Welcome to the Oakley podcast, trucking, business, and family. This show is brought to you by Oakley Trucking, headquartered in North Little Rock, Arkansas. The purpose of this podcast is to communicate with Oakley owner-operators and their families by giving them up-to-date information concerning Oakley Trucking and the trucking industry. From business advice to safety updates to success stories. Also to give an inside to outside truck drivers that might be interested in joining the Oakley family. Hi, this is Jeremy Kellett, director recruiting at Oakley trucking. I’m your host for this podcast. This is the Oakley podcast about trucking, business and family. Welcome to 2024. As we start out this new year, I appreciate everybody letting us take a month off in December and running some repairs. It gave us a great opportunity to go get some good content. Starting out this new year, we’ve got everything from OIDA to mental health experts to knowing how to build a tow boat in depth about that to the guys at Oklahoma. We’re talking to Port 33 just got a lot of good, good content coming in. He started out this first of the year. And I appreciate of course, you know our subscribers our listeners we’re getting you know, we’re like over 24,000 subscribers on YouTube. So I appreciate everybody listening to that and commenting and subscribing and this episode starting us out this year. I tell you it was a great honor to go down to Rosedale Mississippi. What we did is we went down there and talked to all the people. JANTRAN. And what a story this is. It’s you know, we got to sit down with the founder of Jn Tran and him tell his story of how it got started from building tow boats to running a successful tow boat company now and 45 years of business and just what a great story that is that we talked to several people there that you’re gonna get to hear later on. But this first one is episode with Joe Janus, the founder of Jay and Tran and I hope you enjoy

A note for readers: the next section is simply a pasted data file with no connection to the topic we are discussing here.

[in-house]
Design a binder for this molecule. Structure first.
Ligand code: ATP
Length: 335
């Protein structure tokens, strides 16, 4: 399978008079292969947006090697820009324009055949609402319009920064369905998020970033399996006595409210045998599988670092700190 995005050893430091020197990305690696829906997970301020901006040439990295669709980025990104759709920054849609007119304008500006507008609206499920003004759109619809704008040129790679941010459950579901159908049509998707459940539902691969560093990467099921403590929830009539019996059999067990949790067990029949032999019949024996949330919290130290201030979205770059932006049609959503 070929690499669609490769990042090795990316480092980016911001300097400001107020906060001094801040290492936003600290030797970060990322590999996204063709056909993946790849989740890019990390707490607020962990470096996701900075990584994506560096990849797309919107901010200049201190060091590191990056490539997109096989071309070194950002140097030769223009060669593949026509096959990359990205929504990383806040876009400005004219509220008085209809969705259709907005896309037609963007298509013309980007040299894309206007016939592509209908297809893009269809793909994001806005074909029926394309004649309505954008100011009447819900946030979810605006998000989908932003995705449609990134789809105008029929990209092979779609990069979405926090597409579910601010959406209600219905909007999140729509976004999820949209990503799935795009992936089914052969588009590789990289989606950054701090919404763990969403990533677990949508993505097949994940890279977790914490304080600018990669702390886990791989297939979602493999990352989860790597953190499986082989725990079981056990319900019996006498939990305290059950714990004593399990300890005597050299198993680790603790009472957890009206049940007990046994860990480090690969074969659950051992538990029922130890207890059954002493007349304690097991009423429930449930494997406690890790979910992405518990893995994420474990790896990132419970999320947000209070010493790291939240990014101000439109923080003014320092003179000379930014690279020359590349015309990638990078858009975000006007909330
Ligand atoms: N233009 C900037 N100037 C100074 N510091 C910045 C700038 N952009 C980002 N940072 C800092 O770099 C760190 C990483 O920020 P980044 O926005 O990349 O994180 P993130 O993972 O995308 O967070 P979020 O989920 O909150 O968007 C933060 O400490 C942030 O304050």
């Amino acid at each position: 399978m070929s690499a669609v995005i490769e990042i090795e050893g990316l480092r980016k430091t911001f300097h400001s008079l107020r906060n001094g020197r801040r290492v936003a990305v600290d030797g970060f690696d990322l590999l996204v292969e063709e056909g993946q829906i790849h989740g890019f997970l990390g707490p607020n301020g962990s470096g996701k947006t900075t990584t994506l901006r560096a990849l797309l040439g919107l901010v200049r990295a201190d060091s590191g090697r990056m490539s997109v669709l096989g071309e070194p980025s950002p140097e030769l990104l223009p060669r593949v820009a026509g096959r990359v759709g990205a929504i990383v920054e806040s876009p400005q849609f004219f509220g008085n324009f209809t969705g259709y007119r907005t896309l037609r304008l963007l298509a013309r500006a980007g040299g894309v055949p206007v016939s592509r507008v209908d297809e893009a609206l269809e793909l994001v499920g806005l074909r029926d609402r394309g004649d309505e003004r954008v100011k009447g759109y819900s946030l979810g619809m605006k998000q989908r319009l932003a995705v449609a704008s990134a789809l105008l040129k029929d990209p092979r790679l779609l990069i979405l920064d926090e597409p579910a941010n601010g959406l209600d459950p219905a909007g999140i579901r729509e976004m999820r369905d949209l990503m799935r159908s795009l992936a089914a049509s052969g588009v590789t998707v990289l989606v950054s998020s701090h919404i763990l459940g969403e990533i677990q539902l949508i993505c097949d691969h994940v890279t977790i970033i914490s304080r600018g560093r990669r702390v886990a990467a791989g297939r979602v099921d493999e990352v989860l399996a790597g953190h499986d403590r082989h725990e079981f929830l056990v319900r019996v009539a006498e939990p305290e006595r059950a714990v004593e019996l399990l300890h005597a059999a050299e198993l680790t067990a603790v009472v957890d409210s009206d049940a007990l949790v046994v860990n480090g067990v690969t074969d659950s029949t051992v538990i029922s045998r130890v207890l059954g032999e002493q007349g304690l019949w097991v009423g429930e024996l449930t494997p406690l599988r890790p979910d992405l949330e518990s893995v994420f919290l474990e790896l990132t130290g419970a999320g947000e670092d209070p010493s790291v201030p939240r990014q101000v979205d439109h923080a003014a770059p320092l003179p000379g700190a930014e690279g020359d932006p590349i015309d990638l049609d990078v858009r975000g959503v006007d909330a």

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Jeremy Kellett  03:23